Ad Report Card: Martha Unwrapped

Ad Report Card: Martha Unwrapped

Ad Report Card: Martha Unwrapped

Moneybox
Commentary about business and finance.
June 18 2001 11:30 PM

Ad Report Card: Martha Unwrapped

Martha Video Is Martha Stewart a sex object or a mother figure? Neither. She is America's hostess and our doyenne of good taste. How, then, would we feel if we came across her in the bathtub? Titillated? In need of therapy? These are questions no one wants to wrestle with, but the Ad Report Card, this week, must. They are raised by a recent advertisement for a sale of Martha-branded sheets and so forth at Kmart, the discount chain that sells her wares. (Click the picture to see the ad in question.)

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The Ad: We open with a shot of a delightful peach-colored bathroom set. The soundtrack, tastefully discreet, is Buddy Holly's "Everyday." There's a tub, and there's someone in it, taking a bubble bath. It's Martha. "Every day," she says, with an inviting little smile, "you bathe." In a quick series of cuts, she pads around in a peach-colored towel. Then she's in a kitchen, brandishing what I think is a giant strawberry. "Every day, you eat." Now she's hoisting a stack of pillows. "Every day, you make the beds." Then with in mock-weary voice she ads, "Every day." But, she continues, it's not every day that that her collection is on sale at Kmart—"it's today. Even my new 100 percent pima-cotton sheets are on sale." At this point, she is actually in bed, wearing a playful grin. She has a sheet bunched up around her, and in this shot, her shoulders appear bare, suggesting a state of nightie-lessness. She turns out the light. We cut away for a moment to some type, "The Everyday Sale at Kmart." (The sale is actually over: These ads first ran earlier this year, then resurfaced in June, and will return, I'm told, in October, for the next sale.) Then it's back to Martha's bedroom, where she clicks on the light. In this shot, nightie straps are clearly visible. Did she get up in the middle of the night and change? Hard to say. Anyway her punch line is: "Oh, and every day, you shop."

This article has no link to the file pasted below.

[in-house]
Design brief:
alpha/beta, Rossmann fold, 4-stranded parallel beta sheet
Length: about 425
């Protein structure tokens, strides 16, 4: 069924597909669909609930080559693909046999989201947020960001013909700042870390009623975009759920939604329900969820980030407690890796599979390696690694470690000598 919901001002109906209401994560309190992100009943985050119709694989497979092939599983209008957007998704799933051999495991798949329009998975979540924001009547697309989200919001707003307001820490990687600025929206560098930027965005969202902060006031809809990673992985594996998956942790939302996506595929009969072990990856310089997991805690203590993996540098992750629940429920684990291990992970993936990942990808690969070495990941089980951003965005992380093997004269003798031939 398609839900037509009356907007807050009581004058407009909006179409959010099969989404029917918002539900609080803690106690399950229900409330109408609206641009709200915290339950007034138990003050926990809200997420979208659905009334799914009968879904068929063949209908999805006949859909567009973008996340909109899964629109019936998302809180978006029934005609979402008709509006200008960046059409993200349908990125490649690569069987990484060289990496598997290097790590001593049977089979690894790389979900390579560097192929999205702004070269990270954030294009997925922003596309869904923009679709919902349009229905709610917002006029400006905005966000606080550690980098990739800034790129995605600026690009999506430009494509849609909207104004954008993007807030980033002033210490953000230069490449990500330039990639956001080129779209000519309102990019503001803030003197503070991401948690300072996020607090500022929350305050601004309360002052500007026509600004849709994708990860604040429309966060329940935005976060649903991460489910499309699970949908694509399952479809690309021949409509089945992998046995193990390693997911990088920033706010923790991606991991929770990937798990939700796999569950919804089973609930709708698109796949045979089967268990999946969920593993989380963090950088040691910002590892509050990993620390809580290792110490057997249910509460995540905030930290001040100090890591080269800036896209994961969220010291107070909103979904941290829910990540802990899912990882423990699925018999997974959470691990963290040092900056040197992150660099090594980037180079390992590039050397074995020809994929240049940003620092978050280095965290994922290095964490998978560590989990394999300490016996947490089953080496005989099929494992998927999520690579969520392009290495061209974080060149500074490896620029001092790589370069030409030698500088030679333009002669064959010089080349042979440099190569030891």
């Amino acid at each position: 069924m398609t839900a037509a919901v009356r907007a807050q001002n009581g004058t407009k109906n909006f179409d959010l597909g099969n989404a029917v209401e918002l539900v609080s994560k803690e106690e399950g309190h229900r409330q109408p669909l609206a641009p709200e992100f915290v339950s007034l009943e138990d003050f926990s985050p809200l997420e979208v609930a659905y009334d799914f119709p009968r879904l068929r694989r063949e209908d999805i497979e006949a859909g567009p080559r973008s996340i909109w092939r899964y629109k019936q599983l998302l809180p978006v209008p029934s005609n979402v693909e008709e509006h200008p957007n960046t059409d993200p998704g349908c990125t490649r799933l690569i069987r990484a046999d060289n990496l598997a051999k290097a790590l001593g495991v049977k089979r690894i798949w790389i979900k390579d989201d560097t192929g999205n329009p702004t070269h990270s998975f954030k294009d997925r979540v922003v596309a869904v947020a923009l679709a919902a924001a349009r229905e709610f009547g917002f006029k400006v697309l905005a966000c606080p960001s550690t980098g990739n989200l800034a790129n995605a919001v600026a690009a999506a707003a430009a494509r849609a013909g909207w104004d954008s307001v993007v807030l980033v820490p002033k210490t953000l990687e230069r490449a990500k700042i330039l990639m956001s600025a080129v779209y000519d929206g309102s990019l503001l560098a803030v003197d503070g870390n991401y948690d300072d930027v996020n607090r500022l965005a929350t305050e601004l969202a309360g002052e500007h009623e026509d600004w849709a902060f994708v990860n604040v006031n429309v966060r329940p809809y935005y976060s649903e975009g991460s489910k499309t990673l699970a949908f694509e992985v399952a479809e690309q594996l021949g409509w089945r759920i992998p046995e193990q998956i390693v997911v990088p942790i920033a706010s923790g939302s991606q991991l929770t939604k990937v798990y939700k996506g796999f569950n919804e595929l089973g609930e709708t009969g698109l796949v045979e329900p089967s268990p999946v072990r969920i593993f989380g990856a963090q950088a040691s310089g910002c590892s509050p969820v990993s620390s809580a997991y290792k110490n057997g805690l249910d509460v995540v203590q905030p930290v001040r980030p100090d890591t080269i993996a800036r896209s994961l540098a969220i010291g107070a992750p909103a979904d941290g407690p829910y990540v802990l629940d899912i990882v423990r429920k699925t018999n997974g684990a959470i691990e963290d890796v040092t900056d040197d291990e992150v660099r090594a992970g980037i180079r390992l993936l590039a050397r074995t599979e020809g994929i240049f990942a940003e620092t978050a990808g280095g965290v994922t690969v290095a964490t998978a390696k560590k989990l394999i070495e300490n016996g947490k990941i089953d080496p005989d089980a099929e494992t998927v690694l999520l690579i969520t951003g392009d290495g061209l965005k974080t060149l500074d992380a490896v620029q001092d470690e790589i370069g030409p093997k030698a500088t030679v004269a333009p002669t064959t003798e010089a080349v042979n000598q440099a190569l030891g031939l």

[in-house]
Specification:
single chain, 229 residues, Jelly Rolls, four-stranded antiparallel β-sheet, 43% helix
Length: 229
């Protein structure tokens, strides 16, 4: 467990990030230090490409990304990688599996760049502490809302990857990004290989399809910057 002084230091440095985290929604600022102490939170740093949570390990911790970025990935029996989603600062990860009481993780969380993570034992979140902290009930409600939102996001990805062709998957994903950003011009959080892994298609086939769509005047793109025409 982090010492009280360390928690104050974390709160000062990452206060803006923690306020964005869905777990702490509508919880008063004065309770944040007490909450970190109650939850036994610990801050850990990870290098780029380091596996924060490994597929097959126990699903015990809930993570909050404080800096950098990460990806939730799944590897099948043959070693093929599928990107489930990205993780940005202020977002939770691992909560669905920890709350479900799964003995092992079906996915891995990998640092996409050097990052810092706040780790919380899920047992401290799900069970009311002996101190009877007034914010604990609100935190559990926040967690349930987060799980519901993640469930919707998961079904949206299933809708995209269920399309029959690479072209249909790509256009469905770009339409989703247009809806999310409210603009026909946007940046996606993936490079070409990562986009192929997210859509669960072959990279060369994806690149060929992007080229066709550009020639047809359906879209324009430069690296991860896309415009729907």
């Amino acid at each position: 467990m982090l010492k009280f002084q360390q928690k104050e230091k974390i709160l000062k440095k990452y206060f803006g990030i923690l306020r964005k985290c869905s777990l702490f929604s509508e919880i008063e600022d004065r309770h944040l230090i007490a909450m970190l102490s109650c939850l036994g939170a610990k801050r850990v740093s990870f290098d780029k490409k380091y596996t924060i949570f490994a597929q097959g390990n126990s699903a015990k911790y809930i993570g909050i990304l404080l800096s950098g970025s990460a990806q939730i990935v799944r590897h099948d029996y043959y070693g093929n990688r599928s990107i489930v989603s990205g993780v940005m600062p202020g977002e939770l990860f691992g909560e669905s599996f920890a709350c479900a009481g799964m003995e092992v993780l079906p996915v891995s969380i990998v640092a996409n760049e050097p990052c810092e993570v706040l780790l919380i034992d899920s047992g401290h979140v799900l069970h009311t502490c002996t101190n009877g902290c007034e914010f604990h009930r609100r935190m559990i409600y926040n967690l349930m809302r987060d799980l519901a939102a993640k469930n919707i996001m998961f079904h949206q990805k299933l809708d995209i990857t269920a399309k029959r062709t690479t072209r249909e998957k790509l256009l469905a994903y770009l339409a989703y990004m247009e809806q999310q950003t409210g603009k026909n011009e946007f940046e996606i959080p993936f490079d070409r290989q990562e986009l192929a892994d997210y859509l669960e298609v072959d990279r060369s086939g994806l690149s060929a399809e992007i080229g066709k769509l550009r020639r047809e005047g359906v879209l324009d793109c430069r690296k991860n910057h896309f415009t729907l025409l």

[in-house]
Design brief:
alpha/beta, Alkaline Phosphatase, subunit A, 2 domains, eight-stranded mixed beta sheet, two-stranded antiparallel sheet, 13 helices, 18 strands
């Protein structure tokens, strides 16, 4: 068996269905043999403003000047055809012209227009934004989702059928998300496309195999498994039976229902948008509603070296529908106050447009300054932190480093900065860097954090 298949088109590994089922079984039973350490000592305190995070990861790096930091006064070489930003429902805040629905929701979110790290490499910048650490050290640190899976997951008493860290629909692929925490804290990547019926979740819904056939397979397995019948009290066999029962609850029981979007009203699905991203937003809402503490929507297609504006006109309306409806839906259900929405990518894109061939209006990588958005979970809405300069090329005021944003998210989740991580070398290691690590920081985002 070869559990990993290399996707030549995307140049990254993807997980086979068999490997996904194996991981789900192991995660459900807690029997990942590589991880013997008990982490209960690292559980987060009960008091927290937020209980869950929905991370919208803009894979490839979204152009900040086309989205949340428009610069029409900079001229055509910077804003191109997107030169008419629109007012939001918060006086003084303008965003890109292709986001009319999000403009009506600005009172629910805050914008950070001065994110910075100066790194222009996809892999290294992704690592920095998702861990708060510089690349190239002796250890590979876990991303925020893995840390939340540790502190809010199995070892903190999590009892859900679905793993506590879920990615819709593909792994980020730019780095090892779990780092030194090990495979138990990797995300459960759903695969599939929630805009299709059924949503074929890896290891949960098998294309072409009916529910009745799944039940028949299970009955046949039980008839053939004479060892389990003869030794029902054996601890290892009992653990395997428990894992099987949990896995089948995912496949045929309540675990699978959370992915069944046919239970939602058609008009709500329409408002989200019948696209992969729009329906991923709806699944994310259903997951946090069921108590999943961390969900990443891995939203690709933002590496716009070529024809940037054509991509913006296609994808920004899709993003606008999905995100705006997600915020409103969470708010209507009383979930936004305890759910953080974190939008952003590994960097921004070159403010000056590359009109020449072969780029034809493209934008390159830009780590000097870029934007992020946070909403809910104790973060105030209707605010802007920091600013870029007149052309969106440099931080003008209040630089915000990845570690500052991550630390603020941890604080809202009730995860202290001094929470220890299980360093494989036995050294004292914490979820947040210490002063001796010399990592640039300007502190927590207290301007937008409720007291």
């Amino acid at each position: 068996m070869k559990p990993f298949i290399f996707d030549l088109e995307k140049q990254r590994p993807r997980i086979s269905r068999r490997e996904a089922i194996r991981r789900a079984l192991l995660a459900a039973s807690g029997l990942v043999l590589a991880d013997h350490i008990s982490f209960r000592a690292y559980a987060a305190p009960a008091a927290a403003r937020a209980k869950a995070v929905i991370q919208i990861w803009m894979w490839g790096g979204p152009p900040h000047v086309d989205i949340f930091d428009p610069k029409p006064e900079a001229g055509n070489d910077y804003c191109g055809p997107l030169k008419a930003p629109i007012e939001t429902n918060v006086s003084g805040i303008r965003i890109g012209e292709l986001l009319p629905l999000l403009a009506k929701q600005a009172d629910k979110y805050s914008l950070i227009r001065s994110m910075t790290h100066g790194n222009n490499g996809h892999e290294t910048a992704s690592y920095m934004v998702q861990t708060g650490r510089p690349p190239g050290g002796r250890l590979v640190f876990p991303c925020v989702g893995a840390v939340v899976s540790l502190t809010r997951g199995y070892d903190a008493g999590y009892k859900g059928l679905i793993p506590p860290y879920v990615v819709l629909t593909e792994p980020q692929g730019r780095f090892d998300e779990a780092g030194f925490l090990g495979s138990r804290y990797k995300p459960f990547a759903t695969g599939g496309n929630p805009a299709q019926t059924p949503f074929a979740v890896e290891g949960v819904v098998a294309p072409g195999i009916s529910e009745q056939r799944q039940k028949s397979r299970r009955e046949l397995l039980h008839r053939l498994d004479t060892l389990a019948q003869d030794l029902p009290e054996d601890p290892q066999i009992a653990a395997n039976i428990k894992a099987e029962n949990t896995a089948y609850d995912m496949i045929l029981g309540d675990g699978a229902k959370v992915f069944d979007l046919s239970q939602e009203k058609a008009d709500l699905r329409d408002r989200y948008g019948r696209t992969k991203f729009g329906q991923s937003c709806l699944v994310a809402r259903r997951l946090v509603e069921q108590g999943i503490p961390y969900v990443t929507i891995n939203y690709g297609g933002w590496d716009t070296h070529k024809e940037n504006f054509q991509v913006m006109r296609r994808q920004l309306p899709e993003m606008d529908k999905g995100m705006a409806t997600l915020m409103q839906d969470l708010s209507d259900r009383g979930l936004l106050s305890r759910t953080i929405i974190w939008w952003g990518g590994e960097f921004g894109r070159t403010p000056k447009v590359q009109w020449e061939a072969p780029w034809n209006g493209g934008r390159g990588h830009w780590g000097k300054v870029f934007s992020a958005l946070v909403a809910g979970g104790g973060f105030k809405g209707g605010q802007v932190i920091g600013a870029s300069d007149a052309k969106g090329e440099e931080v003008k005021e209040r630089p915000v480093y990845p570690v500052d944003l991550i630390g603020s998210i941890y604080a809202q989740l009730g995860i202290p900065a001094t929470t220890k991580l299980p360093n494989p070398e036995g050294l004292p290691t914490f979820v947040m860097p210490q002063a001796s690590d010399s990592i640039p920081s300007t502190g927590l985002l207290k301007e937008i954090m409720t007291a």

One Reaction: A special adviser to the Ad Report Card, Slate's Eliza Truitt, reports having been "shocked" at seeing Martha in this spot the first time around: "Usually she wears a full suit of cotton poplin armor." Later she elaborated: "To date everything Martha has done has been 100 percent unsexy. Gardening? Not sexy. De-yellowing heirloom doilies? Unsexier. Seeing her act vixenish in the ad was like seeing Dwight Eisenhower purring at the camera. Though she's very pretty, in my mind Martha is a soldier, a brigadier general with of a fleet of household help who jump at her every command. So it was odd to see her shoulders bared. That may be the first time we've ever seen them, in her mag or elsewhere."

A Good Thing? It's true, Martha has never showed us this side of herself. So to speak. Anyway, the question is whether this maneuver was a miscalculation. Here I should disclose that while I'm not a Martha Stewart Living subscriber, Moneybox headquarters is outfitted with several Martha Stewart towels, a couple of Martha pillowcases, and, if I'm not mistaken, a Martha oven mitt.

If Stewart has a flaw in her role as the hostess of the great American dinner party, it is in fact that she comes off being a bit chilly. She smiles warmly, yes, but can't you sort of imagine her not only commanding an army of domestic help, but enforcing a certain barbaric discipline with them when the guests have gone? Maybe that's overdoing it, but the point is that the Martha Stewart image is not going to be hurt by a bit of softening. I wouldn't go so far as to say that she actually she seems sexy in this spot, but she does seem like someone who at least ponders the idea of sexiness from time to time—this adds a bit of humanity to her image that I think is ultimately sort of a relief. Thus it seems impolite to give the spots anything less than a tasteful B.